In Ireland, we have placed too much value on producing monocultural green grass to feed cows, and not enough value or protection has been given to the rich habitats of our bogs, wetlands, and uplands - all areas poorly suited to intensive agriculture.

It is a big mistake to think of our bogs, wetlands and uplands as barren landscapes with little value. Irish bogs make up a large percentage of Irelands Special Areas of Conservation. Bogs have high levels of diverse and varied plant species, as well as some rare and endangered animals such as the Hen Harrier, Curlew, Short-Eared Owl.

 

“Bogs have high levels of diverse and varied plant species, as well as some rare and endangered animals such as the Hen Harrier, Curlew, Short-Eared Owl.”

 

A small road creates a fire break.

 

 

Surely there is a law that could be brought in to protect these species?

That’s the depressing part. We already have a law. To protect nesting birds and avoid out-of-control fires during the driest times of the year, the Irish Wildlife Act already prohibits the burning or destruction of gorse between 1 March and 31 August. This appears to be ineffective especially as it is not enforced. Year after year, gorse fires destroy thousands of hectares of important Irish habitat during this closed season.

But, I heard that the gorse reseeds quickly after a fire anyway?

Yes, this is true and this is also a part of the problem. Gorse regenerates prolifically from the seed bank after a fire. As a result, the burning of gorse does not give long-term control, and may actually encourage stronger regrowth of the shrub. Gorse grows back stronger after fire. Landowners then become locked into a seasonal cycle of burning and regrowth. Wildlife is not given a chance to recover.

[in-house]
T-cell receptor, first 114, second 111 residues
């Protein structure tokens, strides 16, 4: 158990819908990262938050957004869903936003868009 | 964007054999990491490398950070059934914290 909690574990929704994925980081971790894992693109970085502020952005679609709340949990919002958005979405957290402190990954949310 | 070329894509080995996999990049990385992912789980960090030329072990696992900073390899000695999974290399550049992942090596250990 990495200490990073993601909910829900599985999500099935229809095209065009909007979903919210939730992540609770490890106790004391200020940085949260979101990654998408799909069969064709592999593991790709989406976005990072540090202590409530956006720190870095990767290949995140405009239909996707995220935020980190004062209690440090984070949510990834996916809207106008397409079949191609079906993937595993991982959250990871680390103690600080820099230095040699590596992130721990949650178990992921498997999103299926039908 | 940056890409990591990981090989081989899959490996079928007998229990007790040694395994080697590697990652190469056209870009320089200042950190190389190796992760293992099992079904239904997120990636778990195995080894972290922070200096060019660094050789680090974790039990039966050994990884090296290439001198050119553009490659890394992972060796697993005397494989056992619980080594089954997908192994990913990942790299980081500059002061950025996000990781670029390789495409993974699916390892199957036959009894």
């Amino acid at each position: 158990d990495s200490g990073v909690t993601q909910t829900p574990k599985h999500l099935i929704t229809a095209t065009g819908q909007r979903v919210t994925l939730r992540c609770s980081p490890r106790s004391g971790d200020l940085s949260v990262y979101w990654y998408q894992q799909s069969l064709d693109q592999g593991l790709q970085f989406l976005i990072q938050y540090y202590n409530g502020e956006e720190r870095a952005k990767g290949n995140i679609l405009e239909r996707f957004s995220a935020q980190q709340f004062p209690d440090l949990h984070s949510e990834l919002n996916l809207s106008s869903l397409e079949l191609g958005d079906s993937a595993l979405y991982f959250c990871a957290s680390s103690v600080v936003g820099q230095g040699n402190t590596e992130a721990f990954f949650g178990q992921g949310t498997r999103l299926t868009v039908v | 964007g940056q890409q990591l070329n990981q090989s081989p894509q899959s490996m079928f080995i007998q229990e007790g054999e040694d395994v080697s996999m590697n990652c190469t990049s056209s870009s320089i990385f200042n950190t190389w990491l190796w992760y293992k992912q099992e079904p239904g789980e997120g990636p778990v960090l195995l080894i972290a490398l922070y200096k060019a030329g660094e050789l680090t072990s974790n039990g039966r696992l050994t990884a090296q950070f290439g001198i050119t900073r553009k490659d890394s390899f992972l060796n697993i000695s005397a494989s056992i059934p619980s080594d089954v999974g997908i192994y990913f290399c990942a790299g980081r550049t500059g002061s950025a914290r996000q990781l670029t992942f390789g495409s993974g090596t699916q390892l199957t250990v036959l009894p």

But it’s not just bogs that are at risk of wildfires, right?

Correct. Some of the most recent, devasting wildfires have not been in our forests. Possibly the most devastating recent fire was in April 2021 when wildfires destroyed parts of the oak forests of Killarney National Park.

In May 2017 a large, out-of-control wildfire ripped through the hills of Connemara, County Galway. Over 1,500 hectares of Sitka spruce plantation forestry and 2,000 hectares of bogland were destroyed in that fire. At that time NASA reported that the fire could be seen from space and referred to them as ‘Gorse Wildfires’.

At the same time, another wildfire burned on a series of interconnecting islands called Lettermore, Gorumna and Lettermullan. As these fires came under control, or burnt themselves out, we decided to visit the area to see what I could document. The photographs you see here capture the environmental devastation the gorse fires had on the Lettermore landscape in 2017.

 

“Possibly the most devastating recent fire was in April 2021 when wildfires destroyed parts of the oak forests of Killarney National Park.”

 

Fires smolder next to the shoreline close to Lettermullan

 

The smoke filled Connemara sky creates a poignant pink sunset.

 

So, what can we do?

Inform yourself more about wildfires from reputable sources. You can read a good article from Pádraic Fogarty of the Irish Wildlife Trust . Read about the devastation that wildfires can do here.

If you do want to light a campfire to cook on or keep warm, please learn how, where, and when to do so safely. ‘Leave no trace’ has a good guide on how to Minimize Campfire Impacts.

And be sure to learn about the good work done by the Irish Wildlife Trust in protecting our wildlife and natural environment.

BirdWatch Ireland has significant concerns about the loss of valuable habitats for wild birds through scrub clearance and uncontrolled burning activities that have been inadvertently incentivized by the agricultural policies and subsidies. You can read more about that here.

Please consider becoming a member of the Irish wildlife trust here.